Many were clobbered in The Great Recession of 2008-’09, losing jobs and facing shrinkage in their retirement savings and home values, just as they needed to save for college and retirement (though, for many, their stocks and real estate have bounced back). The first true 401(k) generation, most Gen Xers missed out on qualifying for pensions. They were too young for the big stock market and housing run-ups the boomers enjoyed.
They’re lugging student loans, mortgages and credit-card debt; the average student loan balance for Americans in their 40s is roughly $30,000. Allianz Life found that Gen Xers carry about 60% more mortgage debt than boomers and 82% more nonmortgage debt (student loans and credit cards).
Some are facing caregiving costs for their parents, or expect they will. And looking ahead, the Social Security Trust Fund is forecast to be exhausted just as Gen Xers start hitting retirement age in the mid 2030s.
Those older generations had positive economic trends at their back, as well as pension plans and a decent return from Social Security. Generation X is the first age cohort that was unable to take advantage of pension plans, favorable prices for health insurance, and the first to get royally screwed over from Social Security. These economic trends already hint toward a bleak retirement picture, one that becomes frightening when we consider that most of them are not actively setting aside money for their later years.
It’s precisely because of these challenges, however, that you’d think Gen X would be maniacal about planning for retirement. Why aren’t they?
Collinson says the media is partly to blame.
“Boomers and millennials are garnering tons of media attention,” but not Gen X, she says. That’s because boomers and Gen Y are bigger generations and, to use Collinson’s word, “flamboyant,” compared with the in-the-shadows, middle-child that is Gen X.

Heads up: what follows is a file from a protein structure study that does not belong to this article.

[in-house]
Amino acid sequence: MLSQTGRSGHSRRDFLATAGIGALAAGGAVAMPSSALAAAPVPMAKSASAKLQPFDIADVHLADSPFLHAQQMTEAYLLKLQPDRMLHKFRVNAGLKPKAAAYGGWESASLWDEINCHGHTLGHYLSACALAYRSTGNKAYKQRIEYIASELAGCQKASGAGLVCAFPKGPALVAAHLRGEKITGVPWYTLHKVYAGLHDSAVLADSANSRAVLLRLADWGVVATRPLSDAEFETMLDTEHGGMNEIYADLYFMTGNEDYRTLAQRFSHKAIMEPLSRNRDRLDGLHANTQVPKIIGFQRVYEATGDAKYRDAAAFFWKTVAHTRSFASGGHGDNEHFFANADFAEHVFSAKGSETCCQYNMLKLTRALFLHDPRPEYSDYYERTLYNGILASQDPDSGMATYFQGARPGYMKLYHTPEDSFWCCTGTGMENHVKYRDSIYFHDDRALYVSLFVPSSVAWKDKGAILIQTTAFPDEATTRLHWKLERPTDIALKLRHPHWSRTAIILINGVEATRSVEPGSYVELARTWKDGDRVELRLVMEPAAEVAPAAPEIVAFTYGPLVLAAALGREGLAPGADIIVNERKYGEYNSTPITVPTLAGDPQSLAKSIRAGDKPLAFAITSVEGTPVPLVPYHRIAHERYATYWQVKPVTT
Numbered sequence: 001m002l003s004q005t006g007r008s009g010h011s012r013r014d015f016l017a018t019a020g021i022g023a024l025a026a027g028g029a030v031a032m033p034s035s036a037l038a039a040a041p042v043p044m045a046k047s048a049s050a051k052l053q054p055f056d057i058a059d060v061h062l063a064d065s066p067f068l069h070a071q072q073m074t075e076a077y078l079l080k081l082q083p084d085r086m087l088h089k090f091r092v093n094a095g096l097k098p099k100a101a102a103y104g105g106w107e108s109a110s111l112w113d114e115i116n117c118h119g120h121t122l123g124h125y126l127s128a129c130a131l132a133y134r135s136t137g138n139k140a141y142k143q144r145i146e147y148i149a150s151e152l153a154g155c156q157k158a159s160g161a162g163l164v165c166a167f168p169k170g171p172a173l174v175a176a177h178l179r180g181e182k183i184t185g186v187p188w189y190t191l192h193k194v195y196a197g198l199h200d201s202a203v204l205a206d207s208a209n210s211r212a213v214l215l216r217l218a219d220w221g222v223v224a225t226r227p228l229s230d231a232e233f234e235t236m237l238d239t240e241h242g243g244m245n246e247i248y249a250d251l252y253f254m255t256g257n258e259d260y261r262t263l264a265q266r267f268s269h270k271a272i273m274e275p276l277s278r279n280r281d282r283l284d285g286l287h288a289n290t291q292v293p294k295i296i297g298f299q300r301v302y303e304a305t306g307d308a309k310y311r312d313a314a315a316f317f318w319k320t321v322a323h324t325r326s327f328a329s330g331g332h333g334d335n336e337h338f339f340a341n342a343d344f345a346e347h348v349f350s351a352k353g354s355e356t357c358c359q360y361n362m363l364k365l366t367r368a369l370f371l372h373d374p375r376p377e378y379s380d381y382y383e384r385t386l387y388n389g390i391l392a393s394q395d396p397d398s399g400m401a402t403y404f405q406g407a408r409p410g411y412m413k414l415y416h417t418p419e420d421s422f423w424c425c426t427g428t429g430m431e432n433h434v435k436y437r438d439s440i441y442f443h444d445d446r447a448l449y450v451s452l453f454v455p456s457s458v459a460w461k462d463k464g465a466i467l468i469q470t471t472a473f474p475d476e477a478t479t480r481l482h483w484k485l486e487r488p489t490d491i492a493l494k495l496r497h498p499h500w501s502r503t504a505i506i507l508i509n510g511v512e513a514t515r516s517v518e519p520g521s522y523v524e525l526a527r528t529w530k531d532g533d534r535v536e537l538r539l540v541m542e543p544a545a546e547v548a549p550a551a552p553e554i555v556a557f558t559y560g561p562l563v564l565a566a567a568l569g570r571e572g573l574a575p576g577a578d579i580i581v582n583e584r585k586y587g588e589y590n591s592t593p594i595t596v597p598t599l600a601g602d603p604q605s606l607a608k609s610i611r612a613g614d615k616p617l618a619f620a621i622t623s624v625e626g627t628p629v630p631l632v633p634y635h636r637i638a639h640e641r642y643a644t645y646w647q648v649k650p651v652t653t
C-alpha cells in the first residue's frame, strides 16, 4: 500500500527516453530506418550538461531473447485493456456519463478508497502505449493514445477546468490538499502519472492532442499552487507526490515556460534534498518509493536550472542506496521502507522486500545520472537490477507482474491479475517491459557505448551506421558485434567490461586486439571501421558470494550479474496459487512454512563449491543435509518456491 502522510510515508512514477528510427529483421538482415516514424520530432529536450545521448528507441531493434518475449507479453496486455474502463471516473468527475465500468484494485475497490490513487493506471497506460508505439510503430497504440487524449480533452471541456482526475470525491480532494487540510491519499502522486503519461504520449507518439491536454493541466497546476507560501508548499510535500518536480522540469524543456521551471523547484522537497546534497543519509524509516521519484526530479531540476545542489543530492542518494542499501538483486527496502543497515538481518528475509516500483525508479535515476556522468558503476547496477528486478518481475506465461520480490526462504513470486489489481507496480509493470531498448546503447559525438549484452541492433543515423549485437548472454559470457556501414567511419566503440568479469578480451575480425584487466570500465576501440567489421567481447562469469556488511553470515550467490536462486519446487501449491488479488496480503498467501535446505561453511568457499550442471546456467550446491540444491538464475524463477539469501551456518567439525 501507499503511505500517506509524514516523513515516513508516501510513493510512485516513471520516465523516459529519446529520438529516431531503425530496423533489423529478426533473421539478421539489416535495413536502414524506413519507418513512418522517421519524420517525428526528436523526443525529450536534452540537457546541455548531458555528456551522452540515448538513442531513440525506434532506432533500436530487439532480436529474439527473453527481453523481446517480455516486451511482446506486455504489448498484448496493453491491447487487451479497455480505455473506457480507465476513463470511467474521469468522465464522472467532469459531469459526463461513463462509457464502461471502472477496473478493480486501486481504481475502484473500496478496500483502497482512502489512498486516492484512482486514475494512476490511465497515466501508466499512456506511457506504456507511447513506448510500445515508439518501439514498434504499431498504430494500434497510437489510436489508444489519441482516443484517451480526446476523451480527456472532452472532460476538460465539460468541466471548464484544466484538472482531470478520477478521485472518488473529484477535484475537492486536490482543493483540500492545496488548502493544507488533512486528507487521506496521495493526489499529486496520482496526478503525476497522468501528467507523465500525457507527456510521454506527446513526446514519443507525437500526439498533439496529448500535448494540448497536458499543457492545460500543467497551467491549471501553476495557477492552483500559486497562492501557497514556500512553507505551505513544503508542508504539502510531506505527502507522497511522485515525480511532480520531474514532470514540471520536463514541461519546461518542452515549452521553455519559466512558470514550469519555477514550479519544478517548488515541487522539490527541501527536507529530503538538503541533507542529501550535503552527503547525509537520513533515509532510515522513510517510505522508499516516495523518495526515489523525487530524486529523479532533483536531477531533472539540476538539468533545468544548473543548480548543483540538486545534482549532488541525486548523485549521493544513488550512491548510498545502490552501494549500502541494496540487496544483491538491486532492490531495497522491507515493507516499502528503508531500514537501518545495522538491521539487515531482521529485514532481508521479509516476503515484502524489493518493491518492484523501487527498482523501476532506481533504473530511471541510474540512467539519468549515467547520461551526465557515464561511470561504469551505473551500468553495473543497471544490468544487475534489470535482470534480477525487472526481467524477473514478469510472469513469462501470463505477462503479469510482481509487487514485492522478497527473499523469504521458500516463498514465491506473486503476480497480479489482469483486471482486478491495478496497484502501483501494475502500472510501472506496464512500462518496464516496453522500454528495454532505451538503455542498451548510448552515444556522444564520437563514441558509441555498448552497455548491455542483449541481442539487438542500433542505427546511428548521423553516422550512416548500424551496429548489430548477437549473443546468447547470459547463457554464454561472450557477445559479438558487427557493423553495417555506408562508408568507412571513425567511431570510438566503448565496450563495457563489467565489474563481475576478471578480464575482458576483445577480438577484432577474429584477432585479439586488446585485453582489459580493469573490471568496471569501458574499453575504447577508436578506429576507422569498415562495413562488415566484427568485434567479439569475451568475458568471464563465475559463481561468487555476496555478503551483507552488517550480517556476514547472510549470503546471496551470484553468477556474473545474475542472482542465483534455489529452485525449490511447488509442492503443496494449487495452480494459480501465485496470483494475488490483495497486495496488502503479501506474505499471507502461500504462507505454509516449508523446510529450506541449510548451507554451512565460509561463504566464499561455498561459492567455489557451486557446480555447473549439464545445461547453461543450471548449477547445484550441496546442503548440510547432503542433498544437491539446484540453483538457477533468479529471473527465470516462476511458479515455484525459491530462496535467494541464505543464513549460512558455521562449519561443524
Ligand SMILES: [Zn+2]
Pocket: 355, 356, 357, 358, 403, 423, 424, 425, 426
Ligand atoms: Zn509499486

While Generation Y and Baby Boomers do get a considerably larger amount of media attention, this is ridiculous. I don’t care what the media has to say about other generations, if I was struggling in saving for retirement, that would be a personal priority.
While the trend away from traditional pension plans to 401 (k) plans, the Housing Bubble, and the Stock Market crash are absolutely key factors here, we can’t go back in time and reverse these trends. Social Security grabs 6.2% from the personal payroll contributions of Generation X and Millennials and tosses that money into the abyss where it goes toward the whims of politicians and into the pockets of Baby Boomers. We can fight to take back our six percent. With that extra 6% back in their hands, Generation X’ers and Millennials can stop waiting around to ‘figure it out’ and begin to address their retirement needs. Then they can find out just how easy it is to achieve a rate of return far greater than they would ever receive from Social Security.
-R.J. Renza, Jr.
Please take a moment and sign the National Petition to Opt-Out of Social Security. The more signatures we gather, the more pressure we place on Congress and our political leaders.
August marked the release of my first e-book “How Are You Not Angry Yet: How Social Security is Destroying the Futures, Finances and Hopes of Generations X,Y and Z and How We Can Put and End to it,” which takes on Social Security from the perspective of young America in a visceral and humorous way. “Angry Yet” breaks down the complex topic of Social Security into a way that most Americans can easily understand and find entertaining and is available here.